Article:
“On a Christmas episode of Fuji Television’s SMAP X SMAP, two members of the J-pop boy band SMAP (Shingo Katori and Tsuyoshi Kusanagi) were used to demonstrate just how close we are to the next level of using these type of “laser” projectors in an entertainment venue. Both members had little round nodules placed at strategic points on their face to allow for a motion-tracking software program to follow their movement and adjust for the beams of light to “colour” their face in a wide-variety of ways. In one moment they would look like a Transformer and in another, they are cat-like aliens in disguise. Shingo and Tsuyoshi-san wore real make-up to help highlight their facial structures and to act like a reflective canvas medium for the lights to sculpt their faces into truly alien forms. To note, they had to close their eyes during the demonstration.”

What do you think? Is it a mask, or something else?

Packing it all in

As I write this blog tonight, I am sitting in the airport in San Francisco, waiting for about 2 1/2 hours before my almost 24 hour flight to Bali (via Taipei).  Wow! That’s a long time.

Perks ready to mail! (No one got to pick their own nose.)
Perks ready to mail! (No one got to pick their own nose.)

I’ve been up to a lot over the past few weeks. I celebrated the holidays. I wrapped up some projects at Oregon Children’s Theatre. I got all of my noses and masks that people earned as perks packed and mailed.

My boyfriend double checked my packing.  He made sure I had enough bags, he advised on packing strategy, and he even took the time to count the tiles in my newly acquired vintage travel version of Scrabble. ( I was missing and “e” or two, as well as an “s”). He also had me photograph all I was taking. He is a good man, and thorough.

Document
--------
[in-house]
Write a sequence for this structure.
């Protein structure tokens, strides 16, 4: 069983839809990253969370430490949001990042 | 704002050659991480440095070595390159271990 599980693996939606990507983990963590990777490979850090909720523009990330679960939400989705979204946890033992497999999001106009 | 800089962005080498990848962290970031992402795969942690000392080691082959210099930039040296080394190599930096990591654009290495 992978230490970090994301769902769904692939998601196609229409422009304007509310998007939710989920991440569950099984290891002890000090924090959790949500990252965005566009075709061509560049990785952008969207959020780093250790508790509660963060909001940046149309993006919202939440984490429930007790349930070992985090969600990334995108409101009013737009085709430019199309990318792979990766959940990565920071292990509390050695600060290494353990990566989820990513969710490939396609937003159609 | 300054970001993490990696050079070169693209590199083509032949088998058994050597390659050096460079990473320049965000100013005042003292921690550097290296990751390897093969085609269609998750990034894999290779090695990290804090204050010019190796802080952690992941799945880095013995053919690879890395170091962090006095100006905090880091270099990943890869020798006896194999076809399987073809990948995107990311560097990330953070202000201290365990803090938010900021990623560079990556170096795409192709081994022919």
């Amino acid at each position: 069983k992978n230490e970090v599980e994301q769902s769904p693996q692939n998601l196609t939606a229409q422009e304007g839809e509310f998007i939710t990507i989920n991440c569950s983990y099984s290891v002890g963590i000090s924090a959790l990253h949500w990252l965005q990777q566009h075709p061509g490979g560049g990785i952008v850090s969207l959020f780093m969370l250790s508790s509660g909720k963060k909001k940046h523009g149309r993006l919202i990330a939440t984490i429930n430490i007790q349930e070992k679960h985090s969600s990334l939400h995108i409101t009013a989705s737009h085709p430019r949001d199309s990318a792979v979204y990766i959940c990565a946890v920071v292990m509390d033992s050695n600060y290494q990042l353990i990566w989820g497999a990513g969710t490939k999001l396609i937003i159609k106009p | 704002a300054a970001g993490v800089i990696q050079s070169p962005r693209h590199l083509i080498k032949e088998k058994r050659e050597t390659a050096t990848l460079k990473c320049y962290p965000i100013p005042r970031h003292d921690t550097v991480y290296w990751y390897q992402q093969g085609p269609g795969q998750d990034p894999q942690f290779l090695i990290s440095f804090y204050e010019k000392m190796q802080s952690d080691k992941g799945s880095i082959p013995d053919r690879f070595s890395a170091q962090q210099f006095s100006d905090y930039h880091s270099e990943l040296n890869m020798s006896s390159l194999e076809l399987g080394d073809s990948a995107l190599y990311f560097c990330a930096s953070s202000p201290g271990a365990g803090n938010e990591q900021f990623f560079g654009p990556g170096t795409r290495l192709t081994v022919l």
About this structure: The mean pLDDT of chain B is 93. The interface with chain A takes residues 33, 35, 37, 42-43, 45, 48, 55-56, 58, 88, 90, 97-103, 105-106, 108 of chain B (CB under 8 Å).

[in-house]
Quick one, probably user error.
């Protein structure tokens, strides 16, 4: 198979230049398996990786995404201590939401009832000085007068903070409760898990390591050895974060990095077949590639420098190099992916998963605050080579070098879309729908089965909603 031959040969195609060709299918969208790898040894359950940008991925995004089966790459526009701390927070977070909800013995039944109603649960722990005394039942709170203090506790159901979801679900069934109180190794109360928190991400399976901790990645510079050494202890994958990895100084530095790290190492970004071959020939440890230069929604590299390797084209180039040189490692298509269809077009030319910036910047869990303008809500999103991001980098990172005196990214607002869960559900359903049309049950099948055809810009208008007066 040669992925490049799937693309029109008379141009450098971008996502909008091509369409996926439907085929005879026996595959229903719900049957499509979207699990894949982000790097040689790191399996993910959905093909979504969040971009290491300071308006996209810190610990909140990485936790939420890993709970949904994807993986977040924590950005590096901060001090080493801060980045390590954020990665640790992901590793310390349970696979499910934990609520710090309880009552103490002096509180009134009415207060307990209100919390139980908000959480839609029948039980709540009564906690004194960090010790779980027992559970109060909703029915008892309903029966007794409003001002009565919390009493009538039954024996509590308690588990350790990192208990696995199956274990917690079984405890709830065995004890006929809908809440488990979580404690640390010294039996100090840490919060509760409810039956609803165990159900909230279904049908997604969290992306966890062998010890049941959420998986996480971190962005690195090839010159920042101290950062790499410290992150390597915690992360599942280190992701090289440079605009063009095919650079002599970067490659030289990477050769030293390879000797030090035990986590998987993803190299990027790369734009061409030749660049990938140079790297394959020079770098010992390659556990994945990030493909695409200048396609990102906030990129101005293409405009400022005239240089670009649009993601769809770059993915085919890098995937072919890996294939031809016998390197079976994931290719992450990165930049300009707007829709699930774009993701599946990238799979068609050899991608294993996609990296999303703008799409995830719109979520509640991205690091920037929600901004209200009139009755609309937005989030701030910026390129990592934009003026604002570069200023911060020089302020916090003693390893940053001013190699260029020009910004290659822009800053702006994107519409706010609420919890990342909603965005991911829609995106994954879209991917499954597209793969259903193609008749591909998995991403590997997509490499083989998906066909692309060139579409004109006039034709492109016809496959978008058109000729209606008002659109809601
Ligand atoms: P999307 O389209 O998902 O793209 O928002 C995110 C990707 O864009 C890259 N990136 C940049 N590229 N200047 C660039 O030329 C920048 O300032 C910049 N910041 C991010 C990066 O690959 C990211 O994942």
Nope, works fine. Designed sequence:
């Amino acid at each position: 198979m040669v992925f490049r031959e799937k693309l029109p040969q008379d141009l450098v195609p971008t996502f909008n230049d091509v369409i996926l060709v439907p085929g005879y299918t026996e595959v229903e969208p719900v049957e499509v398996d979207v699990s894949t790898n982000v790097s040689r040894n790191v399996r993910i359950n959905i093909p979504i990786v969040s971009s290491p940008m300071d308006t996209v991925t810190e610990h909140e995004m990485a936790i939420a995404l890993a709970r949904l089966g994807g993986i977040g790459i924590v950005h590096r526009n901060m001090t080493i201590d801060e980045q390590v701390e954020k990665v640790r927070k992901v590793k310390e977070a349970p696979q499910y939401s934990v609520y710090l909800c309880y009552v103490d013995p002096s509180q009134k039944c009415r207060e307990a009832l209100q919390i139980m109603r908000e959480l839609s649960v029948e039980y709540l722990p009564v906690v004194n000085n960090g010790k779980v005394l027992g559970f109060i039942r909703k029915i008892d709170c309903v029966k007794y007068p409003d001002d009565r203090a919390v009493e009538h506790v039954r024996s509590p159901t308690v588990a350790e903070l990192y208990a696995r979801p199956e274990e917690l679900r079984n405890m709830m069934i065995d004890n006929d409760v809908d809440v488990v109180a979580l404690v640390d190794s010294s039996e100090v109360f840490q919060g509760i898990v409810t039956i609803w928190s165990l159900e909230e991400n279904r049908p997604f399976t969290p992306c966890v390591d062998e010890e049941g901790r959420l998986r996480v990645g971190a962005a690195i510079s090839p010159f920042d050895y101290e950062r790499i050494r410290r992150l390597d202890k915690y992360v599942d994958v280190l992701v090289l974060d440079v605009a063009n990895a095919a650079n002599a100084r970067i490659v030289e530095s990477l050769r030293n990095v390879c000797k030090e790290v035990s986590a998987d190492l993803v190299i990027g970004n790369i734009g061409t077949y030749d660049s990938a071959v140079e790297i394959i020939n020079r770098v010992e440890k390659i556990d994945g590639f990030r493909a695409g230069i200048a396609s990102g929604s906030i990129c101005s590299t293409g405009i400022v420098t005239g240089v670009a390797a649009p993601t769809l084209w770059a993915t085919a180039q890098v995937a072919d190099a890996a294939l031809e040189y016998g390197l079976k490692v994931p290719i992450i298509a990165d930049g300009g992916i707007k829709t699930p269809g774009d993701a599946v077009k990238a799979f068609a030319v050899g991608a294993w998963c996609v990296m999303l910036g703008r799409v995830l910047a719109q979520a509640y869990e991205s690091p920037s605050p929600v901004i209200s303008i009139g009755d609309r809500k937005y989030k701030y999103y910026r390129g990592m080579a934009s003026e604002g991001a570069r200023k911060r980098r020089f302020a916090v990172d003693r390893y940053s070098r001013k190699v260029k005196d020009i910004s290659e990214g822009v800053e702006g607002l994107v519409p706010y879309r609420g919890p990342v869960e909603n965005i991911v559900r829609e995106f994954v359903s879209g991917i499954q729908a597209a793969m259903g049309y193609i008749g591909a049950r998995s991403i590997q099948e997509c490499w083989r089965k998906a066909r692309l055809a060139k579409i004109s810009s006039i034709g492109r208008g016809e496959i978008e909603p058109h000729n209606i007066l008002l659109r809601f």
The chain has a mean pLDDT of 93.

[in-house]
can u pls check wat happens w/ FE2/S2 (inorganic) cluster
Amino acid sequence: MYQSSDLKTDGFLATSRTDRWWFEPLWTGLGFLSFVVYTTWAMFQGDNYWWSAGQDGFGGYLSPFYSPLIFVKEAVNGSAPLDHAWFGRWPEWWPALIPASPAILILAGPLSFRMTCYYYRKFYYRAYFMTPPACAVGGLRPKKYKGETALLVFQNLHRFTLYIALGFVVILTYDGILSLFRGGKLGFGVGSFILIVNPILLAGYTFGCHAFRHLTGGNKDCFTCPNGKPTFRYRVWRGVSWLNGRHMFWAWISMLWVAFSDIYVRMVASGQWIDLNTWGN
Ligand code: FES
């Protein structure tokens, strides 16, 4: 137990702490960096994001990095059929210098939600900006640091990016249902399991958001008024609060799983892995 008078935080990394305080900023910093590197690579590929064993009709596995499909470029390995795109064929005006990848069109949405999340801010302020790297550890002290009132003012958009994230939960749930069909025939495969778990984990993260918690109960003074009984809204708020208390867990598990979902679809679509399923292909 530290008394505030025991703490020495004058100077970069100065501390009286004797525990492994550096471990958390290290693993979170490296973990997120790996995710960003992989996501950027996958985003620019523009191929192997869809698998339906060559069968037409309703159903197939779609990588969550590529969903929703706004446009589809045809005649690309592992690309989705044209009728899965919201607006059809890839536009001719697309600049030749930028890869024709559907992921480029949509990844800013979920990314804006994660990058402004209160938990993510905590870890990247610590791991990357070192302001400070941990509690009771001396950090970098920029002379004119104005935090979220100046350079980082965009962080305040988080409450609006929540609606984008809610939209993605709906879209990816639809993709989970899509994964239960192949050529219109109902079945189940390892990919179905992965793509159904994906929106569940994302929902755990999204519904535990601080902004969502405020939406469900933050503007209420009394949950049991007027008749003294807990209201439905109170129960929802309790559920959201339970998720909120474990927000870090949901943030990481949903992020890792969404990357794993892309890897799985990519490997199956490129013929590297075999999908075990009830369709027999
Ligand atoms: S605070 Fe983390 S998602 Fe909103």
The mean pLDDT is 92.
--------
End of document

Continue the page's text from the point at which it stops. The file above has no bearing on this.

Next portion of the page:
My
My
Pack
Pack
List
List

Next Up: San Francisco! I returned to  this lovely city for a few days before  my flight to Bali.  Upon recommendation of the guy next to me on the airplane, I went to see the David Hockney exhibit at the de Young Museum in Golden Gate Park.  He had many beautiful drawings, paintings and videos exploring the same location in England over all the seasons of the year. There were also numerous portraits throughout the show. Some of his drawings were aided by the use of the camera lucida, which Hockney theorizes was one of the technological aids that helped the old Masters paint such realistic portraits (read more on that here).

Mr. Hockney provides the side-by-side comparisons of his use of the camera lucida to that of drawings by Ingres.
Mr. Hockney provides the side-by-side comparisons of his use of the camera lucida to that of drawings by Ingres.

This experience reminded me a bit of one of my favorite books about comics, Understanding Comics by Scott McCloud.  In this book, McCloud writes a lot about how meaning and story are constructed through the juxtaposition of images– and furthermore, about how the human brain understands these images.  He connects this to the role of abstraction in art.

For example, McCloud asserts that when we see the faces of others, we see all the details—and those details help us discern the faces as unique and individual. However, when we think of our own faces, we rarely think of the details, but instead stick with a general sense of placement: my mouth is about here… my eyes are basically there… etc.

From Understanding Comics, © Scott McCloud
From Understanding Comics, © Scott McCloud

I have often found this true with abstract  or simple masks, or with puppets. The audience adds a lot to the performance when given a simple shape vs lots of details. Both ideas are quite interesting to pursue, and I have used both aspects of this principle in my work.

Humans seem to have difficulty not seeing faces. We project our experience everywhere, making faces wherever we go. To wit, here are some pics from trip in the Bay area this weekend.

Some sinks show surprise naturally.
Some sinks show surprise naturally.
An electrical socket charged with surprise and ...fear?
An electrical socket charged with surprise and …fear?

And now it is time to take flight to Bali!